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Old 25th Apr 2018, 04:08
  #85 (permalink)  
 
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Yes, this. I'm not at all surprised that a remote northern community of 700 persons doesn't have adequate de-ice equipment. Or if there was better equipment, when the need arose, it was covered in snow with a flat battery. But what culpability does the regulator have in this case? Sure the decision to depart without de-icing is ultimately on the crew, but the lack of meaningful equipment likely contributed to that decision, and TC must have approved of their inadequate de-ice facilities. Of course, daily air service to a remote aboriginal community is almost certainly heavily subsided. And having a de-ice truck stored in a heated garage is going to mean that the Government will have to pay greater subsidies for air service.
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Old 25th Apr 2018, 18:06
  #86 (permalink)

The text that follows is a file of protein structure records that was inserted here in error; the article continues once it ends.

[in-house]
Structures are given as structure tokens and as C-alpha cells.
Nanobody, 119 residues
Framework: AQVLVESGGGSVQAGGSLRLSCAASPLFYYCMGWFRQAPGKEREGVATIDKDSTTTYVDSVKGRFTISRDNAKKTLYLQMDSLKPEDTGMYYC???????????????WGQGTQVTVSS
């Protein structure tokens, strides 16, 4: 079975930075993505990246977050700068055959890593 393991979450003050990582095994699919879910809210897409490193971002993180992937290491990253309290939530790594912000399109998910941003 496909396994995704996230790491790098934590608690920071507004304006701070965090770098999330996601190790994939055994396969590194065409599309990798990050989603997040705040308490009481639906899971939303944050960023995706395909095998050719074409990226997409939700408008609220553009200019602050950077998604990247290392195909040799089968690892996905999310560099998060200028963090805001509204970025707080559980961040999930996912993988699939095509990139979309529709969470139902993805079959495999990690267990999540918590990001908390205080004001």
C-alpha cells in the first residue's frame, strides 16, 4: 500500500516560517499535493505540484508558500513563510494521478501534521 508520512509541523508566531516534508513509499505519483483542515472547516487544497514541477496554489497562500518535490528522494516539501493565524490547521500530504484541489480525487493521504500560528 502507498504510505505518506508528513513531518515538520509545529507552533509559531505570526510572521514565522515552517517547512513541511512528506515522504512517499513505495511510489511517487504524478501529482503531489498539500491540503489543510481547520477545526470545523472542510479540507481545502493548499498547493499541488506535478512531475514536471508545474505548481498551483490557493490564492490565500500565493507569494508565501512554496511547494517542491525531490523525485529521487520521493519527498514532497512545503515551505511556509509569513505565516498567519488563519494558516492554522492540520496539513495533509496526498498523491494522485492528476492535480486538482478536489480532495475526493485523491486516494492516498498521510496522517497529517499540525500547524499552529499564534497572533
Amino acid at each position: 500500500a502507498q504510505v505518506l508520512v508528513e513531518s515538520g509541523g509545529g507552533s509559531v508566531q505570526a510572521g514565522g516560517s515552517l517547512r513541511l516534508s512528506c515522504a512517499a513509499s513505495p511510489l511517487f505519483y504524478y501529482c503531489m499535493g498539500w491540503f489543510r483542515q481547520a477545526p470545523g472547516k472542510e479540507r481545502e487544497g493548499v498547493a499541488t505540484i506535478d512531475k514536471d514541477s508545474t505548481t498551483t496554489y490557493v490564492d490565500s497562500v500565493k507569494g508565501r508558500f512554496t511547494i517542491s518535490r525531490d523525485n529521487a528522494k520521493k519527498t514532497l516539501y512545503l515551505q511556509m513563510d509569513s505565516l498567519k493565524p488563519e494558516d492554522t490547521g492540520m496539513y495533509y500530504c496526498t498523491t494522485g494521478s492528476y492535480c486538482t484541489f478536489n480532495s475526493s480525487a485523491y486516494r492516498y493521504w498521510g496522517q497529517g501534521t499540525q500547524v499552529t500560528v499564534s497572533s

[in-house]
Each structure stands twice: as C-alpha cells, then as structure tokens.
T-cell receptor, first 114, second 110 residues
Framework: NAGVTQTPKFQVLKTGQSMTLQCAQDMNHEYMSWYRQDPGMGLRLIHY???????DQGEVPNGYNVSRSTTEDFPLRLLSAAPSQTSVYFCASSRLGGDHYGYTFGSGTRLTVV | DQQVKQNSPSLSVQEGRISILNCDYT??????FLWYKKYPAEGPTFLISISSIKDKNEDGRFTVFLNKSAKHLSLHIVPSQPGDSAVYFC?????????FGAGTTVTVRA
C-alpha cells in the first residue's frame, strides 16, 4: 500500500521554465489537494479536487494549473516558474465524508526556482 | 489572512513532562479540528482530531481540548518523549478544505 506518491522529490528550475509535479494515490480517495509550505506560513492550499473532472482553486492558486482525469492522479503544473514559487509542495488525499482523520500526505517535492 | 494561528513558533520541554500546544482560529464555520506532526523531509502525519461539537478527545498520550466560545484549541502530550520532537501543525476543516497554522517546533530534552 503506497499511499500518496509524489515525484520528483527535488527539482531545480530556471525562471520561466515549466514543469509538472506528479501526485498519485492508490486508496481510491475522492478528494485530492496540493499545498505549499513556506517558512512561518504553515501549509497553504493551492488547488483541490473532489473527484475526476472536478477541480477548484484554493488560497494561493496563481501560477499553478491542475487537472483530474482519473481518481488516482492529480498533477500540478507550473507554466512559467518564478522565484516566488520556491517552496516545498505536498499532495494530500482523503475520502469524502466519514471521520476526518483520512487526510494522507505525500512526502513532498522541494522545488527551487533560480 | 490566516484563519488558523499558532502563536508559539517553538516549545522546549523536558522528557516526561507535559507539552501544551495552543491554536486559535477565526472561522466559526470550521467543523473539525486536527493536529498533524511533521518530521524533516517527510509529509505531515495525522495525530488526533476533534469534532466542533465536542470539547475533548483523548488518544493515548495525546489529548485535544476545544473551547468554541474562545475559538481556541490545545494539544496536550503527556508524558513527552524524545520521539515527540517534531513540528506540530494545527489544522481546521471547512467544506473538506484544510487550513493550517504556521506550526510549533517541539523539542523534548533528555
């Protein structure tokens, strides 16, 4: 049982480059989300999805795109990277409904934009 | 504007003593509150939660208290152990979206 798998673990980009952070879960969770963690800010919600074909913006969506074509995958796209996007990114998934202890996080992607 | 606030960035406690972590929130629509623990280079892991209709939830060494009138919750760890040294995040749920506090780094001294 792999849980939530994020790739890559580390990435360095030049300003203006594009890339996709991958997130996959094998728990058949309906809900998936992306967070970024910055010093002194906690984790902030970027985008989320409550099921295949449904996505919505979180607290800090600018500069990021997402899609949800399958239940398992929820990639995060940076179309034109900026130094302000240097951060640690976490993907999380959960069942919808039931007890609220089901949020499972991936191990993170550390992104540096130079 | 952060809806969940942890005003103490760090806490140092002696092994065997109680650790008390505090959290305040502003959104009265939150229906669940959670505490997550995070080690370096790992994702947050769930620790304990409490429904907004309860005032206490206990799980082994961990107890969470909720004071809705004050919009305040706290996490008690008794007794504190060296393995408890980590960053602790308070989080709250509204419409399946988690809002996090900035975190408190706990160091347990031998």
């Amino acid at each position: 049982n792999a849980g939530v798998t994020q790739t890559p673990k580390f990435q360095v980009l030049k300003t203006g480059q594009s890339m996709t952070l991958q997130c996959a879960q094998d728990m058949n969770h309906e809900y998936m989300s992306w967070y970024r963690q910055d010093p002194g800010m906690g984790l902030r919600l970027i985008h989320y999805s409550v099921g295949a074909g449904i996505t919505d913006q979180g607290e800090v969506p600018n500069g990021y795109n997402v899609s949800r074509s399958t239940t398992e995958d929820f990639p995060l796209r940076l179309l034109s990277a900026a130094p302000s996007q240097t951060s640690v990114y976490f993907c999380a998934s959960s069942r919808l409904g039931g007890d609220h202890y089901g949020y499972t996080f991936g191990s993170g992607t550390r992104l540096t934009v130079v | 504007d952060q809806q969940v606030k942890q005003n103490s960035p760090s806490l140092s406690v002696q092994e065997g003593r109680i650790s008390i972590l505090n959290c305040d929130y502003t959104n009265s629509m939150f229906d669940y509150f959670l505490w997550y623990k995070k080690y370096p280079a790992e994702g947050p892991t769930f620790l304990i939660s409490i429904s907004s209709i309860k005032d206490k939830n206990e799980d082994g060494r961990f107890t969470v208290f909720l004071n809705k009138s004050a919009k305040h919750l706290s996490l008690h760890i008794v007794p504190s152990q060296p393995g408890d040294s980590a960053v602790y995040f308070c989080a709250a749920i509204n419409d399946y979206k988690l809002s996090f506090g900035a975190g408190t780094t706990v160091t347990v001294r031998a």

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Impressive piece of equipment they have. Can it be realistically used to de-ice ATR42 in anything else than clear frosty day? Your holdover time will run out before you finish one wing...
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Old 26th Apr 2018, 14:54
  #87 (permalink)  
 
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[
If there's no active precip or active frost then HOT isn't an issue. It's deicing equipment, not anti-icing - you can take as long as you like to remove ice if there's nothing new forming. (At least in terms of ending up with a clean airframe - obviously there are commercial/operational time constraints)
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Old 29th Oct 2021, 20:53
  #88 (permalink)  
 
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For anyone interested - and there are some interesting aspects - TSB published the report this week:

https://www.tsb.gc.ca/eng/rapports-r...6/a17c0146.pdf
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Old 29th Oct 2021, 22:07
  #89 (permalink)